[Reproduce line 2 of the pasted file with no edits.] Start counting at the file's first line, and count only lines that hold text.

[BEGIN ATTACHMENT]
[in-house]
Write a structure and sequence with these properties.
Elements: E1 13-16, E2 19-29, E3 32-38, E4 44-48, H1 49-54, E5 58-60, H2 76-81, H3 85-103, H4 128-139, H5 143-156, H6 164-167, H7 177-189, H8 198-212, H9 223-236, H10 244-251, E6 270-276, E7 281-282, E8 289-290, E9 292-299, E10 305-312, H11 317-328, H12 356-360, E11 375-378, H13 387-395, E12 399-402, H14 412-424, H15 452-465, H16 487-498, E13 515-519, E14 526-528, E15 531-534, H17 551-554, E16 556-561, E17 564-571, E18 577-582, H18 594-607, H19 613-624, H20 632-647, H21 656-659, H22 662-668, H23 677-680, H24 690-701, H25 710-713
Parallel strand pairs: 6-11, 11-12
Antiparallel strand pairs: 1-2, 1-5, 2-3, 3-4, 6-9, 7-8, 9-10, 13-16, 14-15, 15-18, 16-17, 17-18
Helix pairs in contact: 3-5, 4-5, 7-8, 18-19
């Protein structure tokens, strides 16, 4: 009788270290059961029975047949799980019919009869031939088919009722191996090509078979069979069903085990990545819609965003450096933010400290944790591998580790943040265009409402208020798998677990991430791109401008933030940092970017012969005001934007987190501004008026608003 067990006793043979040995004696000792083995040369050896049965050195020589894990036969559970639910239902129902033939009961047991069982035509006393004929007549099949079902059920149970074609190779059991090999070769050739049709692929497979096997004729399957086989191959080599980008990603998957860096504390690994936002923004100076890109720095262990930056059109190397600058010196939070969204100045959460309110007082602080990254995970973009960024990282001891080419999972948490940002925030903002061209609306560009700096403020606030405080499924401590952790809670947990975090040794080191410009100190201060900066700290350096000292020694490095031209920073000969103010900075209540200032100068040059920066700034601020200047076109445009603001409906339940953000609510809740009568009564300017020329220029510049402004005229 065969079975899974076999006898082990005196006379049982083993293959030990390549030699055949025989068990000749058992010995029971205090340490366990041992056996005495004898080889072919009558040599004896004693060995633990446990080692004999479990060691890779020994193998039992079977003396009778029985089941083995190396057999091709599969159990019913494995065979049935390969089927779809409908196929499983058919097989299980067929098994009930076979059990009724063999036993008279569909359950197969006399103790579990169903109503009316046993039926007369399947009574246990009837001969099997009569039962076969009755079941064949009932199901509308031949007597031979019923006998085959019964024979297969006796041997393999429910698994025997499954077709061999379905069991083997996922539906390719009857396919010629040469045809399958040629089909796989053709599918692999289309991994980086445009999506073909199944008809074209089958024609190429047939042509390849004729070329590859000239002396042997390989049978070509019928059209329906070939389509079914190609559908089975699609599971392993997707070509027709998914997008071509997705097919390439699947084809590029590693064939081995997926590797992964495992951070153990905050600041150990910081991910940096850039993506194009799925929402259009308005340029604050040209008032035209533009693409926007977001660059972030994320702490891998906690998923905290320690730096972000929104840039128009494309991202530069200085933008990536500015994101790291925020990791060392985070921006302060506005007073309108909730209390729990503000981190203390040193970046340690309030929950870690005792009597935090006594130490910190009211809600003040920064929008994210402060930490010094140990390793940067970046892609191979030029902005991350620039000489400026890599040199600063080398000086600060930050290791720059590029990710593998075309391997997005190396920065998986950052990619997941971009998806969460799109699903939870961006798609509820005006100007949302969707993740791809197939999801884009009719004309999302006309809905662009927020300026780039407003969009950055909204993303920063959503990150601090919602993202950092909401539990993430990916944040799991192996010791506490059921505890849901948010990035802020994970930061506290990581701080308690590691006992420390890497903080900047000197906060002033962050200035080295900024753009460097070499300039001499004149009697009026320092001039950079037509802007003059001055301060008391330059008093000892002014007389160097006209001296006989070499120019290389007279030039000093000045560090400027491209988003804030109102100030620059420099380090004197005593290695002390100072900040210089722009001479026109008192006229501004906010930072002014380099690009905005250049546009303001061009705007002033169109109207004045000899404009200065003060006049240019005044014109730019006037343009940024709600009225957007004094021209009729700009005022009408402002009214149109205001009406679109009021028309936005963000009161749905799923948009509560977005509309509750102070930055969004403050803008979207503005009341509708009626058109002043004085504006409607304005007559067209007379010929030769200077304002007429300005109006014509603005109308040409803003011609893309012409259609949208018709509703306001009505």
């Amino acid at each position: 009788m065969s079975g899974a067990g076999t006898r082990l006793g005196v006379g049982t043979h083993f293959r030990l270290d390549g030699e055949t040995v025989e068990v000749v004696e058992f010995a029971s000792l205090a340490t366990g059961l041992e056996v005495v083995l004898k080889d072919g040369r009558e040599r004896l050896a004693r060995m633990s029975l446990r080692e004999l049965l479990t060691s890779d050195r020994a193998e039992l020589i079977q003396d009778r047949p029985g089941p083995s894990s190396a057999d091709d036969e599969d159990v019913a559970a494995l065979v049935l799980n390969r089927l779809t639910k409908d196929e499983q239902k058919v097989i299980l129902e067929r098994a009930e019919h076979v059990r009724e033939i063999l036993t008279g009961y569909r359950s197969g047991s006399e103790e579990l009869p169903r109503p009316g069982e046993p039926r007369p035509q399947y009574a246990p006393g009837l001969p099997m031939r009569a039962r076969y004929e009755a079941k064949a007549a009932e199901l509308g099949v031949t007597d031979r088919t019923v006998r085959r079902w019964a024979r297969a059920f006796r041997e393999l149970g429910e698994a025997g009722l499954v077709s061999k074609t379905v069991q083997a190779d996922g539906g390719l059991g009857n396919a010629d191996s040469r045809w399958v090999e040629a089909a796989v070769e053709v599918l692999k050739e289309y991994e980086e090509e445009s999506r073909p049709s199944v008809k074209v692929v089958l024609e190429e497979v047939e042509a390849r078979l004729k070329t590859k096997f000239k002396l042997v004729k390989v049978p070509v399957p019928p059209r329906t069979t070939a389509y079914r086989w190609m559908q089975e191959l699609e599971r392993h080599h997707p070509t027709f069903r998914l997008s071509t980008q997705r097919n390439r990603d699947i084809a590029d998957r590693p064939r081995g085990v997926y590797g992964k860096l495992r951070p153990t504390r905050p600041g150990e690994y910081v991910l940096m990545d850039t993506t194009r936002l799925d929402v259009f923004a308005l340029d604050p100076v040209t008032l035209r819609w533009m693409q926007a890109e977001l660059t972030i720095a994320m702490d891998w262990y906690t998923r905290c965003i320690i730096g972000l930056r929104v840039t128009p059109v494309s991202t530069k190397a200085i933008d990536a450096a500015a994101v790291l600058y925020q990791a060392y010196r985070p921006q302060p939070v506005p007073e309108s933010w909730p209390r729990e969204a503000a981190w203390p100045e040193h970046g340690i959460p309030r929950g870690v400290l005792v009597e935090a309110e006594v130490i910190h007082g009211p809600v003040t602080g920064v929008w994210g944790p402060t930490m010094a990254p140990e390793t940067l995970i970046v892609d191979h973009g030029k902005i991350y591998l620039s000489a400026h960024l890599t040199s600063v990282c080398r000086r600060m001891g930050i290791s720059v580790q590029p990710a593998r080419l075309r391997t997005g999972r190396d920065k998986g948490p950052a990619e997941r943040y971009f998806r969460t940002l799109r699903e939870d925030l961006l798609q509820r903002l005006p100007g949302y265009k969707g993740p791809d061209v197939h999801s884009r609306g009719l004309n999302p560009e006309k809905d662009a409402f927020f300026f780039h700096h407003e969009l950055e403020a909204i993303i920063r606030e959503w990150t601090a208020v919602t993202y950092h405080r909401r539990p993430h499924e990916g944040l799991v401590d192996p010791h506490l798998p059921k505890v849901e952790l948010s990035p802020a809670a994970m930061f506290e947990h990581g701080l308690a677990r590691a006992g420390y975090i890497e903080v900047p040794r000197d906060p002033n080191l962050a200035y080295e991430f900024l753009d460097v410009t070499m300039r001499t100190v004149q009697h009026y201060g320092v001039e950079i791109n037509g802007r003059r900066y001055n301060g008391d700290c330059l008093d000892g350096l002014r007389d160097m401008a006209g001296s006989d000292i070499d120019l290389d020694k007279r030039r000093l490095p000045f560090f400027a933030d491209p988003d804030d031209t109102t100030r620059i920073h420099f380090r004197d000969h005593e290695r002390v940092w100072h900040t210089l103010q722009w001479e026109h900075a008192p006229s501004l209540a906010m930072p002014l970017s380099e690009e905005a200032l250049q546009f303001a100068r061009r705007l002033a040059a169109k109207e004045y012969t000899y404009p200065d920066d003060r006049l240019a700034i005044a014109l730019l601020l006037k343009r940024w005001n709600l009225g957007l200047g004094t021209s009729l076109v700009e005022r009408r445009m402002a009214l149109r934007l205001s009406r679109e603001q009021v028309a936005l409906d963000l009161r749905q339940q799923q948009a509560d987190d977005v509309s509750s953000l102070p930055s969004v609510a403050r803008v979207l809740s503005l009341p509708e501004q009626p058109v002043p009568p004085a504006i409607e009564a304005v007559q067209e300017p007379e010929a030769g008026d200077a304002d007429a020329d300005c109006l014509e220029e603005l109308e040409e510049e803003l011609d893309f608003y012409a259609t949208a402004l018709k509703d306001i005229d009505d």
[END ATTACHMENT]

Write a structure and sequence with these properties.